To promote and protect open source software and communities...

For over 20 years the Open Source Initiative (OSI) has worked to raise awareness and adoption of open source software, and build bridges between open source communities of practice. As a global non-profit, the OSI champions software freedom in society through education, collaboration, and infrastructure, stewarding the Open Source Definition (OSD), and preventing abuse of the ideals and ethos inherent to the open source movement.

Open source software is made by many people and distributed under an OSD-compliant license which grants all the rights to use, study, change, and share the software in modified and unmodified form. Software freedom is essential to enabling community development of open source software.

News

Updates to the OSI Board

Dear Members,

Moving forward, the Open Source Initiative (OSI) will appoint two directors based on the board’s discretion, as opposed to elections held with the individual and affiliate membership. As a result, the OSI Board will consist of 4 members chosen by the individual membership, 4 members chosen by affiliates, 2 members chosen by the board, and the general manager. The majority of the OSI Board will still be elected.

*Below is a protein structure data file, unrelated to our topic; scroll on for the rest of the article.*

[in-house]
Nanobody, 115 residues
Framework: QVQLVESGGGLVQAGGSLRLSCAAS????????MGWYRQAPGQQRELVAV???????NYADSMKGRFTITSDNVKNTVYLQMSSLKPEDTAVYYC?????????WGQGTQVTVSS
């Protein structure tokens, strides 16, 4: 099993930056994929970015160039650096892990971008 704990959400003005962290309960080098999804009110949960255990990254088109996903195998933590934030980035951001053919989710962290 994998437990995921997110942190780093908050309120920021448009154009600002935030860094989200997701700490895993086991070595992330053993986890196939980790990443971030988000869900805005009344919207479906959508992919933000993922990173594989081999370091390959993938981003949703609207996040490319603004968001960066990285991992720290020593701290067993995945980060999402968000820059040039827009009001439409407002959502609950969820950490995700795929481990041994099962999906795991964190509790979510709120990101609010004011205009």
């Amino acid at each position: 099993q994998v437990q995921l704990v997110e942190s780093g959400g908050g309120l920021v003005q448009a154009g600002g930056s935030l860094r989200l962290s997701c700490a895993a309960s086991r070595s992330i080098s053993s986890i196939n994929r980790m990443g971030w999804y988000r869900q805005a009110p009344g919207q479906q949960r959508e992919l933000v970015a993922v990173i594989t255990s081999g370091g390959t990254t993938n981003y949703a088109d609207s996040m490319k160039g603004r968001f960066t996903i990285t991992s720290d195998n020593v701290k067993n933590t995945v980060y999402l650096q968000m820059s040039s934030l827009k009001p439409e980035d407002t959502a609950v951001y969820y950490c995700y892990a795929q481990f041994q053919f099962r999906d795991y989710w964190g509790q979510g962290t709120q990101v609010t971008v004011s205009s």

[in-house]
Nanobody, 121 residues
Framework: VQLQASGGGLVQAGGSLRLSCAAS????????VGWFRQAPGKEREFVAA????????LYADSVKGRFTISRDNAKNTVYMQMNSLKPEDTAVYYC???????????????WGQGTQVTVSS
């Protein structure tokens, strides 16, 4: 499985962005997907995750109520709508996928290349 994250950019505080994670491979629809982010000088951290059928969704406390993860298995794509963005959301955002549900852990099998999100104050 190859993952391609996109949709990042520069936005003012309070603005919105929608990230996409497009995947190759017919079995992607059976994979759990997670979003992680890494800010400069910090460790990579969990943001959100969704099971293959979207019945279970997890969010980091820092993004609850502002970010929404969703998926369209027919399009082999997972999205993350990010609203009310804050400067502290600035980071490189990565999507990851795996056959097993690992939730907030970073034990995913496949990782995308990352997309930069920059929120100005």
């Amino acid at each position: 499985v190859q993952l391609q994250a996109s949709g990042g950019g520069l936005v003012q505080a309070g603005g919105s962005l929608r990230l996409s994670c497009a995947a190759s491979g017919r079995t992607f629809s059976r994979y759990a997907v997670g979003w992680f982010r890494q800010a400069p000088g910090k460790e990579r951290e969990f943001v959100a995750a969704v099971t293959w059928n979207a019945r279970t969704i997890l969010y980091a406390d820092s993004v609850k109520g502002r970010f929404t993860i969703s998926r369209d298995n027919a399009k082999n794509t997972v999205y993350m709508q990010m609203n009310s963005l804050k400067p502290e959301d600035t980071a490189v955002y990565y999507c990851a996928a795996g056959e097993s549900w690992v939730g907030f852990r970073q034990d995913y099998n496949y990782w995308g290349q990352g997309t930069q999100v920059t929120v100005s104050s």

OSI Seeks Faculty (YOU!) to Teach New Open Source Courses

The OSI is seeking passionate practitioners working in and with Open Source Software, to share their knowledge and experience with students interested in the growing number of careers supporting Open Source Software. These faculty roles are employment positions, not volunteer roles, as part of a new academic specialization in Open Source Technology Management.

The Mythical Economic Model of Open Source

It has become fashionable today to study open source through the lens of economic benefits to developers and sometimes draw rather alarming conclusions. It has also become fashionable to assume a business model tie and then berate the open source community, or their licences, for lack of leadership when the business model fails. The purpose of this article is to explain, in the first part, the fallacy of assuming any economic tie in open source at all and, in the second part, go on to explain how economics in open source is situational and give an overview of some of the more successful models.

Open Source Success in Schools - Something to make a "FUSS" about

Since he was a child, Marco Marinello has always found computers and how they operate intriguing. His father introduced him to the world of computer science early, including the basics of Linux system administration. Fortunately his own school — and in fact all of the South Tyrol region where he lives — runs a modified version of Debian (“Free Upgrade in Southtyrol's Schools” or “FUSS") for both administrative computing, and significantly for Marco, on student laptops as well. Free and Open Source Software provides schools and students unique educational opportunities while enhancing the technology services offered to teachers, administrators, families, and ultimately the community they serve.